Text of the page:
An adjudicator who outlines a preliminary view needs to make sure he’s not reached a final decision too soon
Galliford Try Rail began an adjudication against Lanes Group but didn’t like the look of the adjudicator appointed by the Institution of Civil Engineers. I first told you about this case in Building (29 July 2011). GTR refused to go on with the adjudication; it held on to the “referral” document and intentionally missed the last date for service. They then asked the ICE to appoint another person and were now content to press on. Mind you, they might have not approved of the second chap or next or next. Is this on?
You can ask for A.N.Other adjudicator provided you send another fee. Meanwhile the other party can say nothing to object to the appointee or to stop the referring party forum shopping
“Forum shopping is never attractive,” said the Court of Appeal, referring to this notion of one side trying to choose a favourable adjudicator. The lead judge, added: “My first view of this case was that GTR could not be permitted simply to drop the first adjudication and then adjudicate before a different adjudicator when it preferred.” But as the hearing went on the barrister for GTR began to persuade the court to come his way. Lanes was arguing that if the referral was not served on time, meaning within seven days of beginning the procedure, then the referring party had irretrievably lost the right to adjudicate. That entire loss is an unattractive sudden death notion.
At this point I would have thought that the Court of Appeal would find some good or bad reasons for refusing to go on with the adjudication. Strangely though it said it was against an “expensive factual investigation in order to determine whether the claimant had or had not lost the right adjudicate”.
The situation boils down to this: if you apply to a nominating body for the appointment of an adjudicator and it does so, it is open to you to refuse to go on with him.You can ask for A.N.Other provided you send another appointment fee. You can do this willy-nilly. Meanwhile the other party can say nothing to object to the appointee or to stop the referring party forum shopping. This can’t be right.
The second issue was the appeal against the first level judge having decided that the adjudicator (the replacement appointed by the ICE) was biased. Let me say at once he was not biased: the appeal was successful. The species of bias this time is called “pre-determination”. This happens when a judge or arbitrator or (in this case) adjudicator reaches a conclusion before he/she is in full possession of all the relevant evidence and arguments. Let me tell you what happened.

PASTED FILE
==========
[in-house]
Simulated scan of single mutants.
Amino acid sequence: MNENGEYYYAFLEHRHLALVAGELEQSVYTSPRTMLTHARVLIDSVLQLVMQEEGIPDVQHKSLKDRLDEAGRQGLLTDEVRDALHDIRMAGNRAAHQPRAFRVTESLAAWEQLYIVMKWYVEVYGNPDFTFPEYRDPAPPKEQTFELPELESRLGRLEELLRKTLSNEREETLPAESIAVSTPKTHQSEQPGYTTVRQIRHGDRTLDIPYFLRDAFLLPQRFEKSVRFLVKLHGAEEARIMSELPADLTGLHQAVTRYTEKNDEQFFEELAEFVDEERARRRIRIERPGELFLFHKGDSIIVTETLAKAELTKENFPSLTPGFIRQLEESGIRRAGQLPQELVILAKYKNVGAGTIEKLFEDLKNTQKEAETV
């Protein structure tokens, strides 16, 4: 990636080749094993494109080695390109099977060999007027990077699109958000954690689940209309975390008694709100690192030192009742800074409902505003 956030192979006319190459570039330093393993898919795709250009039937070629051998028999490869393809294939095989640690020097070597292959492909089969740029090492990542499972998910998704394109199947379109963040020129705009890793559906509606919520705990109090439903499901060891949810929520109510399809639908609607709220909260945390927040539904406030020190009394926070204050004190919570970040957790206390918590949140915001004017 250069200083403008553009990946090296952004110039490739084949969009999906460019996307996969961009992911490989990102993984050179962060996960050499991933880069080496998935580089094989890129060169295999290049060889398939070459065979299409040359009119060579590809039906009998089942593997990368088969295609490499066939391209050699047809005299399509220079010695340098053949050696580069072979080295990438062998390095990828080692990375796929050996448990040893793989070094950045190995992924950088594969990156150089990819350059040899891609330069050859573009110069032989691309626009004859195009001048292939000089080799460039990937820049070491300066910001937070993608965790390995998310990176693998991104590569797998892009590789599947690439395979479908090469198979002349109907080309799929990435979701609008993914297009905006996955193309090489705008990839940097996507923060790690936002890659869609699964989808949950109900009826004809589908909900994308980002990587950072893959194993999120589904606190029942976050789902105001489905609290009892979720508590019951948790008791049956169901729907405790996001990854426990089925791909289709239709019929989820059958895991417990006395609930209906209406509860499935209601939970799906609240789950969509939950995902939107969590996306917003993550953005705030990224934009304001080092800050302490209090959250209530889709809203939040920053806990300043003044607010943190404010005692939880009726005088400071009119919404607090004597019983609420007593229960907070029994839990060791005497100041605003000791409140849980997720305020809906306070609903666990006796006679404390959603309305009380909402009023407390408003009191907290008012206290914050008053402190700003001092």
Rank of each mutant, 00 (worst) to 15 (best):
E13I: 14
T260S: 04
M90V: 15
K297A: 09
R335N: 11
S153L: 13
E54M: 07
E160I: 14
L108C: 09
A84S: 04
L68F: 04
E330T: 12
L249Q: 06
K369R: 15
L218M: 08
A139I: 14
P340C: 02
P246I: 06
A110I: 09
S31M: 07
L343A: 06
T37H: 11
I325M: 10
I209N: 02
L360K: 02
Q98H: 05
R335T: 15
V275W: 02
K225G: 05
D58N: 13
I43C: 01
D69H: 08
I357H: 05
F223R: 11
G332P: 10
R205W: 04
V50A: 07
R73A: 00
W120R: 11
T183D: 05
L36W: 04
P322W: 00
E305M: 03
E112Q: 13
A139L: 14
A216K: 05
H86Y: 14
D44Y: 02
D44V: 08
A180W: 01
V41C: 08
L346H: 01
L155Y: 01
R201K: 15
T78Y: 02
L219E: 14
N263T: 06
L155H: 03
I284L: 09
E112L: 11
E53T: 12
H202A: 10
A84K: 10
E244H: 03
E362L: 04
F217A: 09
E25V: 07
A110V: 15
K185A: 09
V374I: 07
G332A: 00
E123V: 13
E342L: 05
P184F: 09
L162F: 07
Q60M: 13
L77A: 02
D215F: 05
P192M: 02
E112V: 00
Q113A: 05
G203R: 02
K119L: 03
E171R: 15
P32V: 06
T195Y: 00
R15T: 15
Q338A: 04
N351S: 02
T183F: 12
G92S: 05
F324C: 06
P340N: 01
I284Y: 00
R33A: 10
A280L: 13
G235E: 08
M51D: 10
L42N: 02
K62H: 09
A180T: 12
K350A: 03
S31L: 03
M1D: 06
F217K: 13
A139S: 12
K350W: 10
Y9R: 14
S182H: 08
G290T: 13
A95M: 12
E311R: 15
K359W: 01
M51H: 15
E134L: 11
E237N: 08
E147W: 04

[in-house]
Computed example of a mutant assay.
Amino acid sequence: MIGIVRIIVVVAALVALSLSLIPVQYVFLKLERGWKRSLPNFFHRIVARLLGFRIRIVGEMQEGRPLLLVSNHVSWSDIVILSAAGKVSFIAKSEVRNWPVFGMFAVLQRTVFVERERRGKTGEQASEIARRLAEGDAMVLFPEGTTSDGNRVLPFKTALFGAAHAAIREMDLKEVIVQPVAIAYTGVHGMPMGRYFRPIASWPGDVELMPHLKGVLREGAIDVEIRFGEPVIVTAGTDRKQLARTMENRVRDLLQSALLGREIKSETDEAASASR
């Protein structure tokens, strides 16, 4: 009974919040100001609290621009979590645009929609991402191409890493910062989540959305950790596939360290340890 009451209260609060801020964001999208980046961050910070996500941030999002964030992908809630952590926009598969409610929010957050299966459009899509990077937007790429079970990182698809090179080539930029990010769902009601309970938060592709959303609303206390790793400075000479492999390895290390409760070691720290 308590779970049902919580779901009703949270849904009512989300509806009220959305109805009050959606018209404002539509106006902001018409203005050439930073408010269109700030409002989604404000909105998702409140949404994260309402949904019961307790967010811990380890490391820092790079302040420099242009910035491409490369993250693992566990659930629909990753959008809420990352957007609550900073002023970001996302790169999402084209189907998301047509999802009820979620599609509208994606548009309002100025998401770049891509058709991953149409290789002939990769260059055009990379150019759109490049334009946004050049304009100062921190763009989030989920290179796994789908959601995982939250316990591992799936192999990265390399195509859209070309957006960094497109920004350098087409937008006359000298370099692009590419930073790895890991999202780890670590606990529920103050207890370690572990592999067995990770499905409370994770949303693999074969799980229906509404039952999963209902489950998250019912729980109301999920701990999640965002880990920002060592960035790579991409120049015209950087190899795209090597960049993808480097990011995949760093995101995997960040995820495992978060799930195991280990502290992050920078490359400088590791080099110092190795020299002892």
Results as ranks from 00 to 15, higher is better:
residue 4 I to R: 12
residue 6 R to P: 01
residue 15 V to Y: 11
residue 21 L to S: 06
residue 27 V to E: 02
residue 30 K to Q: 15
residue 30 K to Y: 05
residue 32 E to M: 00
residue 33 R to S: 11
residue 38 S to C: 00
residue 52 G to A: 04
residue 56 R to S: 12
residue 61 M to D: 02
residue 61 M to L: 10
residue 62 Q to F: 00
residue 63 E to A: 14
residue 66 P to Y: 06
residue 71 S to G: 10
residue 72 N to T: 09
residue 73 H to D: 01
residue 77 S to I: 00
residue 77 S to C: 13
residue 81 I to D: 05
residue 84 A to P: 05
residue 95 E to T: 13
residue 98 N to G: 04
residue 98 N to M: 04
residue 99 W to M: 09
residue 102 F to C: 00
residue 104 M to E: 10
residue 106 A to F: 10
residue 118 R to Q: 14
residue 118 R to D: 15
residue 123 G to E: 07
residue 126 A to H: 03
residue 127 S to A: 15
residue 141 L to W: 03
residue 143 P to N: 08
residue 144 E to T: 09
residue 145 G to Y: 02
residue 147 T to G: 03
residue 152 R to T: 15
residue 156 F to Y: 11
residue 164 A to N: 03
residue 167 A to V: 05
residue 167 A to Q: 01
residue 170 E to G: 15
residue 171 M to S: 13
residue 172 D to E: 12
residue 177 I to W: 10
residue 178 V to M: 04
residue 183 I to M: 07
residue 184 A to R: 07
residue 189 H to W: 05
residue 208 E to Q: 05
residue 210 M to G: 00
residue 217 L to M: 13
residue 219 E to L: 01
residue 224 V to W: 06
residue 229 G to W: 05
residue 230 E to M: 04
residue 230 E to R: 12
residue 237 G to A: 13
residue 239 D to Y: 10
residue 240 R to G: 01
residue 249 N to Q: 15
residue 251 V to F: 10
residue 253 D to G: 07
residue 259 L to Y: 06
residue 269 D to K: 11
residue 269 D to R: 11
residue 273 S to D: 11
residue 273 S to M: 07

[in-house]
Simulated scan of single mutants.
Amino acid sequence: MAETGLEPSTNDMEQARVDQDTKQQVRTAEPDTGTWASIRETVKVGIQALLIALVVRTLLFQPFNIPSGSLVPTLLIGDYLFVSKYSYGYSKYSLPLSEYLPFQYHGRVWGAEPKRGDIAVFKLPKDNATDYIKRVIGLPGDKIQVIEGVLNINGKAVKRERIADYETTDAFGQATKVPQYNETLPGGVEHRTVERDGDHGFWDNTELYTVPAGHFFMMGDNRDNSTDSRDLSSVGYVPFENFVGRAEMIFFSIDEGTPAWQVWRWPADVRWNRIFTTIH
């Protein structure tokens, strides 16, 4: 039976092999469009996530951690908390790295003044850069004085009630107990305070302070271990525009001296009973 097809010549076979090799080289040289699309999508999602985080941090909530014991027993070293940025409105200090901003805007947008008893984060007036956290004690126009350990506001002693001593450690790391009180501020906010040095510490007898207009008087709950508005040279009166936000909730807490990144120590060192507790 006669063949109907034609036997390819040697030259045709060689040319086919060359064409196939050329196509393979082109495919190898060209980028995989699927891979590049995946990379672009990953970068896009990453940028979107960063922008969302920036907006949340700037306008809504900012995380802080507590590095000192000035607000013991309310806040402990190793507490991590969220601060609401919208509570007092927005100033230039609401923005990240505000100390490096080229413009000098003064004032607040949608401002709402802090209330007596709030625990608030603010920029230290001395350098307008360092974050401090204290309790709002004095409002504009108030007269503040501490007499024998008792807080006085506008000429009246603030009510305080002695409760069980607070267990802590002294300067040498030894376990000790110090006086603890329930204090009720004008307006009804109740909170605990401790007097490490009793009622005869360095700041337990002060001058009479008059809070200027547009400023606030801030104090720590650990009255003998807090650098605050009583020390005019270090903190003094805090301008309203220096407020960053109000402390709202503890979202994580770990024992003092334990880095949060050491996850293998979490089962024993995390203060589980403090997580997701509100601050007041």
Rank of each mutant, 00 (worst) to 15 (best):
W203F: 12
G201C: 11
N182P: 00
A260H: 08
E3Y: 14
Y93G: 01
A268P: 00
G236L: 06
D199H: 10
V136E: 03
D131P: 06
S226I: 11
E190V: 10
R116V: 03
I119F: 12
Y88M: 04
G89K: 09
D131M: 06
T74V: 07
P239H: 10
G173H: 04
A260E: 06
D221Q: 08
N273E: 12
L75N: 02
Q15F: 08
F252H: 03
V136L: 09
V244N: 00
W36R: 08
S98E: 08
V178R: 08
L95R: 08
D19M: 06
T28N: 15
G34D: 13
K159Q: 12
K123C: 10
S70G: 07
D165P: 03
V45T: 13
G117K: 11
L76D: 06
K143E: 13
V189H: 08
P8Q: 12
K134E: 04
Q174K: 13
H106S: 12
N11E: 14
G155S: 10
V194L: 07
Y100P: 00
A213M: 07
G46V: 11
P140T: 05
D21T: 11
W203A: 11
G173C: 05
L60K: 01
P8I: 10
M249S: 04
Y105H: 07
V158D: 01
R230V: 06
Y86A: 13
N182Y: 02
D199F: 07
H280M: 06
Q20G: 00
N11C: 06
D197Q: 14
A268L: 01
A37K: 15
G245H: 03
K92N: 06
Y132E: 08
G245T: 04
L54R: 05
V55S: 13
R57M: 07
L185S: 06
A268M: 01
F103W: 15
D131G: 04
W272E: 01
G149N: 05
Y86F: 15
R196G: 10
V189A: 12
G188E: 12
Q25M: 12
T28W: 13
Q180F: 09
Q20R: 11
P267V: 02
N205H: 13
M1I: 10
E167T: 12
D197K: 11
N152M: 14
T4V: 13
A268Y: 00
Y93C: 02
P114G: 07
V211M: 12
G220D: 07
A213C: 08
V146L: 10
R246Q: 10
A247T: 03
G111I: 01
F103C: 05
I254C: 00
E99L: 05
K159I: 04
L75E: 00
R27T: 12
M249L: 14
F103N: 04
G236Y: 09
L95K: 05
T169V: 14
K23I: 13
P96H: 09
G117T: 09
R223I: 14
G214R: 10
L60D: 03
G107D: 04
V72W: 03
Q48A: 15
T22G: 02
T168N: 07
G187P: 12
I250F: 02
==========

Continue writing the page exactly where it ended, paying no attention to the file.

The adjudicator received the referral from GTR. He set a date for Lanes’ response. Meanwhile Lanes sought to stop him in his tracks because of the forum shopping affair. The date for the response slipped by. He then wrote an umpteen-page “preliminary view”. It was all based of course on one side’s story. His views were clothed in warnings that he was not making final decisions; merely preliminary views and he was open to hear arguments. He did get argument via Lanes’ eventual response but his final award hardly differed from the preliminary views.
The adjudicator did get argument via Lanes but his final award hardly differed from the preliminary views
The Court of Appeal had no difficulty with this and said: “There is nothing objectionable in a judge setting out his or her provisional views at an early stage of proceedings, so that the parties have an opportunity to correct any errors in the judge’s thinking or to concentrate on matters which appear to be influencing the judge. Of course, it is unacceptable if the judge reaches a final decision before he is in possession of all relevant evidence and arguments, which the parties wish to put before him. There is, however, a clear distinction between (a) reaching a final decision prematurely and (b) reaching a provisional view which is disclosed for the assistance of the parties.”
The test for bias is to put yourself in the position of the “fair-minded observer” who knows all the facts and circumstances. Those circumstances weighed by the Court of Appeal put adjudication in a different category to litigation or arbitration. Adjudication, said the court, is a “rough and ready process carried out at great speed”. “Vast masses of submissions and evidence have to be assimilated by the adjudicator in a short space of time. The adjudicator will fashion his procedure in whatever way enables him to discharge his onerous duties most swiftly, effectively and fairly.” Given these features, the court is reluctant to strike down adjudication decisions. But let me nudge you adjudicators not to send out preliminary or provisional views based on one side’s case only - know what I mean, my friends?
Tony Bingham is a barrister and arbitrator at 3 Paper Buildings Temple